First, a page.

If a short story can elicit some kind of visceral emotion from me within their short pages, I hold them to a different level than I would a novel that did the same. There is no room for background, slow building, or space to grow a strong bond between reader and text in a short story. It’s all action, and if done right, powerful, lasting action.

—That’s not to say I don’t love full-length novels. I’m a reader of all—

I’ve fallen in love with many short tales, but these are my favorites:

            If you read any on this list, let it be this one. It has Christian undertones, some might say overtones, like most of Tolkien’s work, but it’s also simply a story about people, about appreciating your neighbor and looking at the world through their eyes. It’s also about an artist, a pastor, death, and a leaf.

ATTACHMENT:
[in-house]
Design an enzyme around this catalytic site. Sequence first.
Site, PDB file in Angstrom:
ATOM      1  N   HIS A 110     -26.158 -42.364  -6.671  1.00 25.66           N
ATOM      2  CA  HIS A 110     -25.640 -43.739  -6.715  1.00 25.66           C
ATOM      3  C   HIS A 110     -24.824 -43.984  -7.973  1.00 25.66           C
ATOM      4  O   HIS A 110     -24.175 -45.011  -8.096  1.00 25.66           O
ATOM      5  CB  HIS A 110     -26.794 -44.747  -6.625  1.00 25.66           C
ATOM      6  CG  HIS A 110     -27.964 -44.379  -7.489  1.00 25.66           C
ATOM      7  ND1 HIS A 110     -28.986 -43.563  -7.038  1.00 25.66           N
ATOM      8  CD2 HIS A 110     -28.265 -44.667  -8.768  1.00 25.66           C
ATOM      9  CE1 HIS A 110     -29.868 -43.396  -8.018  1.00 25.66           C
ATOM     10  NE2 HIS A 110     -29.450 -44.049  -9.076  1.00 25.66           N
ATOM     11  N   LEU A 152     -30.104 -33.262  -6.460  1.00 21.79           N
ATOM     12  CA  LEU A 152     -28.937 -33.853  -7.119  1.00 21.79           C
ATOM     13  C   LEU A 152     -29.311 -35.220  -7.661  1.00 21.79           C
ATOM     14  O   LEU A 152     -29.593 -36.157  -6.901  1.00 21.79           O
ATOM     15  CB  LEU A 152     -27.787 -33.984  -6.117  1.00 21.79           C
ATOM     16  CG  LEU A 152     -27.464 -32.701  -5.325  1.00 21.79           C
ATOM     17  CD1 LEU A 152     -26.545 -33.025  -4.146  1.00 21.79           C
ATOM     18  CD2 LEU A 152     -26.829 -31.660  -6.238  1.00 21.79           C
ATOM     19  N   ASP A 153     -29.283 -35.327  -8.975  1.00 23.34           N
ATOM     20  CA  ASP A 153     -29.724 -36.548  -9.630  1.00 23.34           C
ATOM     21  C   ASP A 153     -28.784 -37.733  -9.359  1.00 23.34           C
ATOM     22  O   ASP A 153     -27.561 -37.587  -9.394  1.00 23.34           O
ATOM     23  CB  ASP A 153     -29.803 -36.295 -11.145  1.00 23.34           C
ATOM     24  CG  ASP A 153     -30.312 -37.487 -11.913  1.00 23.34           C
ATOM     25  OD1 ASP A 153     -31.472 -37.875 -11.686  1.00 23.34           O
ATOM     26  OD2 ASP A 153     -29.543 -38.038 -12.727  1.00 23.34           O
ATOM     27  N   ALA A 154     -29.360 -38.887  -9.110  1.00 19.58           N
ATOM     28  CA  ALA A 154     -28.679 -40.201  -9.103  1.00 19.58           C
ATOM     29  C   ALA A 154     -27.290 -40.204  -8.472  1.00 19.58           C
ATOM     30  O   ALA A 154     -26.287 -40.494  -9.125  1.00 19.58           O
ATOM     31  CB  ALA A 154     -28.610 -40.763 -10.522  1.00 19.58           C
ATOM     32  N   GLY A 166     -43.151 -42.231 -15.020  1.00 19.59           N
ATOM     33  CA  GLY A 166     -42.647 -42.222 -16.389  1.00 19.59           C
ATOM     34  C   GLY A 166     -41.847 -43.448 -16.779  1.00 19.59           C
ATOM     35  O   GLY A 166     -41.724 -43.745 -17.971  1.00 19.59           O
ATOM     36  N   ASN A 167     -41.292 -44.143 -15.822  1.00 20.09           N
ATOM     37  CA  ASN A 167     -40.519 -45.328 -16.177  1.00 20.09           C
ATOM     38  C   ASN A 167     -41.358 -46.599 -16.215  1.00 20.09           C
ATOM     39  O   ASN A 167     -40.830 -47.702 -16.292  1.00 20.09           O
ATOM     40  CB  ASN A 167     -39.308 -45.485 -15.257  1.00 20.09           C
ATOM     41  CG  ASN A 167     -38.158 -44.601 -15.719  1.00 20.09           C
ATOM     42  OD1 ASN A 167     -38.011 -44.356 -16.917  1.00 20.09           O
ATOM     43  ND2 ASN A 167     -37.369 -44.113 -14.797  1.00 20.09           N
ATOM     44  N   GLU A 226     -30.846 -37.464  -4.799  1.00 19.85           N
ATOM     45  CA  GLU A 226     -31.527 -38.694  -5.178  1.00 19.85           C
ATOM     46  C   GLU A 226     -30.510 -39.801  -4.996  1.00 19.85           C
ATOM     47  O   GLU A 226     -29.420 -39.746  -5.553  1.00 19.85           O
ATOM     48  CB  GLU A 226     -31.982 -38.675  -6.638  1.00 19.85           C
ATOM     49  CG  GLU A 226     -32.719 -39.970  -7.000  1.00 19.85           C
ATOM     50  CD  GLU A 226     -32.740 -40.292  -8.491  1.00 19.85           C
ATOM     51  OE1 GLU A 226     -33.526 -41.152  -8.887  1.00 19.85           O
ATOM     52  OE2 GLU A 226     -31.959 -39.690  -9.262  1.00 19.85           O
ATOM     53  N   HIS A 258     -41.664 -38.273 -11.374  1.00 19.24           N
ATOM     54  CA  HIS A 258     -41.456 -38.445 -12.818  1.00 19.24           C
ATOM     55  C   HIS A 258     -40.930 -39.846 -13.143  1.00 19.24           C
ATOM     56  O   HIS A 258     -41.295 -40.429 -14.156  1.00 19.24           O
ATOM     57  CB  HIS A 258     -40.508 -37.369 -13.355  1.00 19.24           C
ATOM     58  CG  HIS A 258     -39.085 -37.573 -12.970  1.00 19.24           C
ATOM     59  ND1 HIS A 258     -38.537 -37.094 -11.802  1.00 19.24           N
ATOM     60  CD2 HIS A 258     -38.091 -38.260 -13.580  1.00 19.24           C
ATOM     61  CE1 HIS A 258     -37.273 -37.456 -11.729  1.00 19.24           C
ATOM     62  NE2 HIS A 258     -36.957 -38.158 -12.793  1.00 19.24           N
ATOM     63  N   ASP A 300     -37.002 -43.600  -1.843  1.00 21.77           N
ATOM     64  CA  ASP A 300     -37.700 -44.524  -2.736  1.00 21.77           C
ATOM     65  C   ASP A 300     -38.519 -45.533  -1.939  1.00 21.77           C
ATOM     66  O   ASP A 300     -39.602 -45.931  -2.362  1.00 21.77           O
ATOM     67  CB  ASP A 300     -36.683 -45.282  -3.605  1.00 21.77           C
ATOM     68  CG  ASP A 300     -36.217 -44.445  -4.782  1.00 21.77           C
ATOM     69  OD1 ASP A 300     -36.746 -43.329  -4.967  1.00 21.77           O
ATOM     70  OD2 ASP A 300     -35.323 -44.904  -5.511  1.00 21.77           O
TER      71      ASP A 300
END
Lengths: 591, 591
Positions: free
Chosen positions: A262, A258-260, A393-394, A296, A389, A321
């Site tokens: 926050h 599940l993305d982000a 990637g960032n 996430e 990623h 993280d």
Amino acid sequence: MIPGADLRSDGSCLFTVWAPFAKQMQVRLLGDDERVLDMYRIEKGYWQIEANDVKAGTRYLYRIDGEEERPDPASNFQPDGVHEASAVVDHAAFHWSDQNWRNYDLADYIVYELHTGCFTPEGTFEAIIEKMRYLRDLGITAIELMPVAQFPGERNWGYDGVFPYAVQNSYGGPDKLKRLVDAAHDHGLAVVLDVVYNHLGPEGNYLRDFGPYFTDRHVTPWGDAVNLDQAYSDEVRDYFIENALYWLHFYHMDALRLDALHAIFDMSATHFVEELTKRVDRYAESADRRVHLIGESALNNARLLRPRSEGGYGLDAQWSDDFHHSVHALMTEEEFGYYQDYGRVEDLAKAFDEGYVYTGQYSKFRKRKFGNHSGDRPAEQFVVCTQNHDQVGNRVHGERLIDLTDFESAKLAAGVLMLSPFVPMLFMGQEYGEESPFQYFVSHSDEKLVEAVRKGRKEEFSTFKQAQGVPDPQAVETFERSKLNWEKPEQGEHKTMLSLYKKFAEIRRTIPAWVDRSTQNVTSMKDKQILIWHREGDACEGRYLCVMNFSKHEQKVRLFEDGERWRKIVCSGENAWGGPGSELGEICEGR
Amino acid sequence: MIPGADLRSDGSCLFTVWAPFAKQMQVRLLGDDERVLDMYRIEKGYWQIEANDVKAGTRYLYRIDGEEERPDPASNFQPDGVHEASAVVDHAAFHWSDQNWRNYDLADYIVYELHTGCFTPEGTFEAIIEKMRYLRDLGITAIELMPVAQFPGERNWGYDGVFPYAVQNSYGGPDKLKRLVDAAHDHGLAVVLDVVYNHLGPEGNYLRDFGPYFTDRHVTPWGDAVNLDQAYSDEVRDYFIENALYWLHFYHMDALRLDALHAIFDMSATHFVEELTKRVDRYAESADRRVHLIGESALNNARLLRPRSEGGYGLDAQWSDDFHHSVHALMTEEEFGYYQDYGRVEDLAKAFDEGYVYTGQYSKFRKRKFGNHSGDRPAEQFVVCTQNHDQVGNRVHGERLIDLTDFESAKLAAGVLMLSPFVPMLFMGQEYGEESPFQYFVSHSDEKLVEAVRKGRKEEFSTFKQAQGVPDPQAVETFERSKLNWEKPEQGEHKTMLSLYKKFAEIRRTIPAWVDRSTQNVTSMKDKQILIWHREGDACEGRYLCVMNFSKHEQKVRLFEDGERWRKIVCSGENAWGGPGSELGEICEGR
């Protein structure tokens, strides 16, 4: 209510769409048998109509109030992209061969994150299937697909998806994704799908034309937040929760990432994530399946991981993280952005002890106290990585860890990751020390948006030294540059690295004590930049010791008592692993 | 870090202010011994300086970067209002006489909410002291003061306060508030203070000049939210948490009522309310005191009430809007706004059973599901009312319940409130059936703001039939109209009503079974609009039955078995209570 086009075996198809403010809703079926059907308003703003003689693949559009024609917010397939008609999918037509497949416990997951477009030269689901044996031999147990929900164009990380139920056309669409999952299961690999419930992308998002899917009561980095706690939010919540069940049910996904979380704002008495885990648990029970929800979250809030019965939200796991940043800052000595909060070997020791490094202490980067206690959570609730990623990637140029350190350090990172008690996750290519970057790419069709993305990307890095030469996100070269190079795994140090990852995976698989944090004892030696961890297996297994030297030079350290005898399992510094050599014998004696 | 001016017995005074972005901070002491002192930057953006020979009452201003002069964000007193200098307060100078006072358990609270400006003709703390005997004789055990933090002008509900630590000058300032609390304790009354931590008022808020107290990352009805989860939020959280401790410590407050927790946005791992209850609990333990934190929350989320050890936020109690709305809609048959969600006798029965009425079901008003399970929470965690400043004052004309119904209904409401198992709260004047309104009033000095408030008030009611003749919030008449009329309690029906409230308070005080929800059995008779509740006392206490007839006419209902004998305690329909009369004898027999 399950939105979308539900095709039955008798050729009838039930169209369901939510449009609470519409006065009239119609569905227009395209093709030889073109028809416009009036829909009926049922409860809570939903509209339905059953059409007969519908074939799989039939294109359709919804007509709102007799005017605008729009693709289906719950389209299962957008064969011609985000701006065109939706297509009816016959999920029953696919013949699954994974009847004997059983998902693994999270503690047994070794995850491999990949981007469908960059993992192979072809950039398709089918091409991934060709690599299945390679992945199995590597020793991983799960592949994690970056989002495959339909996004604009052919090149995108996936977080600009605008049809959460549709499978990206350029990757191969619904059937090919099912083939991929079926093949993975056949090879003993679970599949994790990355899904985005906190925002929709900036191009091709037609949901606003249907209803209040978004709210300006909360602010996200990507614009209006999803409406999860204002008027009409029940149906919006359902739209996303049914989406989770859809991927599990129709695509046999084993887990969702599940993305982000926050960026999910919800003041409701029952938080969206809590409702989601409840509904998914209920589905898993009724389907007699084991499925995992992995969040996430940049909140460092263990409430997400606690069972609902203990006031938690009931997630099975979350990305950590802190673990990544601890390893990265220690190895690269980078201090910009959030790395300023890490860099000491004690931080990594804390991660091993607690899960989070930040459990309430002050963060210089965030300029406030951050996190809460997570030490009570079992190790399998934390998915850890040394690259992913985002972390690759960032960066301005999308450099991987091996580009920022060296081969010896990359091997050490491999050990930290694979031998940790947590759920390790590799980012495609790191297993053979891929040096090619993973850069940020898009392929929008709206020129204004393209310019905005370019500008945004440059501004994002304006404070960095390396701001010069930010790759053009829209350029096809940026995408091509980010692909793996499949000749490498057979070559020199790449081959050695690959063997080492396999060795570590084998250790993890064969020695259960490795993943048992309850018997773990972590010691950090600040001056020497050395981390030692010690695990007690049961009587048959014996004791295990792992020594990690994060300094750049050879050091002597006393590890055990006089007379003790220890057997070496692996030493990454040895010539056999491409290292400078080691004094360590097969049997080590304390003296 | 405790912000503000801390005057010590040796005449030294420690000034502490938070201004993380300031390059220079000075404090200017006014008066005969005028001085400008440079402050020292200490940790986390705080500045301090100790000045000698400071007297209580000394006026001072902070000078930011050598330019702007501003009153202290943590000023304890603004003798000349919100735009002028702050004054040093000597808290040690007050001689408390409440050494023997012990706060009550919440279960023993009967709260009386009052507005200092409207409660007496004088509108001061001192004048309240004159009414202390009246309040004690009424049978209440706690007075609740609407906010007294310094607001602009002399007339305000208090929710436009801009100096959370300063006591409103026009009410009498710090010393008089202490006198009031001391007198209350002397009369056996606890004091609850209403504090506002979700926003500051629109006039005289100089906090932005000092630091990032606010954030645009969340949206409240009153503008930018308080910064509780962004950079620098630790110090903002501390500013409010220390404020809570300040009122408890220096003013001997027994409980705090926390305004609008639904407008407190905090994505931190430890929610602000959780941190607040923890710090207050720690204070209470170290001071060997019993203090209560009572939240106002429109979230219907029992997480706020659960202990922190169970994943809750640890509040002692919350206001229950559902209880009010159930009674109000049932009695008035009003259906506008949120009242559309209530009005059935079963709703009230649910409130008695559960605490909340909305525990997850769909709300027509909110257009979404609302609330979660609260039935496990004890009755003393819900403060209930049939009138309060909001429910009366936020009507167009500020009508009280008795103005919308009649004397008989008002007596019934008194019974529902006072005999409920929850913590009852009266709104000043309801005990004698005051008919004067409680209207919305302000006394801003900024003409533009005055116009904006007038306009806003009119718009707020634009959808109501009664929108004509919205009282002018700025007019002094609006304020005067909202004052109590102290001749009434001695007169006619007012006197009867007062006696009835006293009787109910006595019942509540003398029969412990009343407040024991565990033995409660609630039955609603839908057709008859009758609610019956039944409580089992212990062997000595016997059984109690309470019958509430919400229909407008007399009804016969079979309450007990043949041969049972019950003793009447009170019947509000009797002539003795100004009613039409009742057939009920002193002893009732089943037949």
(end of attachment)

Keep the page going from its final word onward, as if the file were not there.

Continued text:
This one had me in a moral quandary. If you’re a lover of Utopian/Distopian stories, give this short one a read and decide what you would do. It’s about a perfect society, what is responsible for that perfection, and what one would do in the face of that thing which makes it perfect. I’m writing in circles, just give it a read.

            Another moral quandary story. This is about a town that holds a lottery once a year as a ritual to bring prosperity to the town. I won’t tell anymore, but it’s definitely worth a read.

            This is about a sick woman who is locked away in a house in the country at the advise of her husband to help her get better. Strange things happen in her isolation and the ending is just creepy perfection. Read it.

Honorable Mentions: